How 1 Jackie Chan Movie Broke His Character Trend

How 1 Jackie Chan Movie Broke His Character Trend

Jackie Chan is generally known for playing underdog heroes, but his 1992 action-comedy Twin Dragons enabled him to do something different.
Jackie Chan’s 1992 action-comedy Twin Dragons broke a long-standing trend of his on-screen persona in a big way. Directed by Ringo Lam and Tsui Hark, Twin Dragons stars Chan as identical twin brothers Boomer and John Ma, who were separated at birth. When John returns to Hong Kong to perform a live concert as conductor, he and Boomer cross paths and find themselves in a battle against a ruthless Hong Kong crime boss.

Twin Dragons is a product of Jackie Chan’s heyday, with all the wild stunts, action, and comedy one would expect from a golden age Jackie Chan movie. One added element of Twin Dragons is that, in portraying twin brothers, Chan got the chance to deviate rather sharply from his usual big-screen persona. In effect, Jackie Chan plays characters who embody the two extremes of his career at once in Twin Dragons.
Twin Dragons Combined Jackie Chan’s Two Traditional Character Types

As a way to set himself apart from the stoic warrior image of Bruce Lee, Jackie Chan sought to portray underdog heroes from the early stages of his career. Chan established this persona in 1978’s Drunken Master and would emphasize it in movies like the Armour of God franchise, the Police Story series, and other movies like Rumble in the Bronx and Mr. Nice Guy. Meanwhile, whenever Chan has headlined less comedically-oriented action movies, he has occasionally portrayed much tougher characters, such as in Crime Story and The Foreigner. In Twin Dragons, he got the chance to play both at once.
As Boomer, Chan is a genuine tough guy very familiar with Hong Kong’s criminal underworld, and a highly formidable martial artist much less in over his head than the average Jackie Chan hero. John Ma, by contrast, is the complete opposite, a cultured and well-renown conductor completely lacking in any fighting skills. It is only through the vague mental link Boomer and John share as twins that John is able to triumph over his opponent in the movie’s final fight, with Boomer essentially taking over John’s body with his punches and kicks. However, this brotherly dynamic was not created without some behind-the-scenes issues.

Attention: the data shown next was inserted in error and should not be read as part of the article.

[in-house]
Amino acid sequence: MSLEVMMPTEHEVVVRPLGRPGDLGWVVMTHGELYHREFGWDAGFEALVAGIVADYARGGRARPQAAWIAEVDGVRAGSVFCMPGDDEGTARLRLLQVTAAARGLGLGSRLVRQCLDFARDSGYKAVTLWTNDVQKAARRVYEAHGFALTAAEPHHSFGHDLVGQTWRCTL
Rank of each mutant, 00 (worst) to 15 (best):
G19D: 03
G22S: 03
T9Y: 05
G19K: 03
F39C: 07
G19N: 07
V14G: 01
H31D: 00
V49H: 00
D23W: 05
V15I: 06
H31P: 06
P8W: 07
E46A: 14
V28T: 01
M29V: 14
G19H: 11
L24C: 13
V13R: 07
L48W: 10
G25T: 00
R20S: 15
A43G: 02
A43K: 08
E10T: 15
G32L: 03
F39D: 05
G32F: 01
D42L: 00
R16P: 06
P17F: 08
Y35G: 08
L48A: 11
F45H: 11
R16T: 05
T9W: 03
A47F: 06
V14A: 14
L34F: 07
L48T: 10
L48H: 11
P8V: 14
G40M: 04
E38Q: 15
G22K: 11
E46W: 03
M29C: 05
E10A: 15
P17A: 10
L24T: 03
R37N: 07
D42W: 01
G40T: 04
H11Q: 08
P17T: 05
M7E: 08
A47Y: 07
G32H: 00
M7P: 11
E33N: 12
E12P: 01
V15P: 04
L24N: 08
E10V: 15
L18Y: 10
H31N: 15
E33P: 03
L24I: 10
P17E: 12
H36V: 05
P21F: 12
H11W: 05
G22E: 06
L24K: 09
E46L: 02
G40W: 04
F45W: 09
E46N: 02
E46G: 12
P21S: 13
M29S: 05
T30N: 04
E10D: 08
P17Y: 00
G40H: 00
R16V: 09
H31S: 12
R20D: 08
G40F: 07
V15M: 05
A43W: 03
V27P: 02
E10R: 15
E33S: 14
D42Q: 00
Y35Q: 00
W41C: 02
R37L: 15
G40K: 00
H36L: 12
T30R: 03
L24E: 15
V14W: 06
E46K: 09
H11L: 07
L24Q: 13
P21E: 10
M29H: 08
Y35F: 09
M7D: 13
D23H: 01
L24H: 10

Twin Dragons’ Production Let Jackie Chan Down
While Chan’s dual performances in Twin Dragons are great and the movie’s action scenes generally fantastic, the split-screen effects whenever both brothers are on-screen together are very shoddy. Scenes of Boomer and John standing in frame together often sees the shoulder or head of one or the other flickering visibly, and it makes many of their scenes together the weakest element of the film. Jackie Chan himself was unhappy with this aspect of Twin Dragons, and in a movie involving twin brothers played by the same actor, that is a shortcoming that cannot be overlooked.

That is not to say that Twin Dragons is an overall letdown. The movie’s comedic mishaps when Boomer and John are switched or mistaken for one another are quite funny, and the fight scenes are spectacular, especially Boomer and John’s showdown with the gang aboard a Hong Kong freighter to save Boomer’s kidnapped friend Tyson (Teddy Robin). When all is said and done, Twin Dragons does great with its action and Jackie Chan’s style of comedy, and in giving Chan the chance to play two polar opposite character archetypes from his career – as long as viewers can overlook the terrible effects whenever they’re on-screen together.

Post navigation


Leave a Reply

Your email address will not be published. Required fields are marked *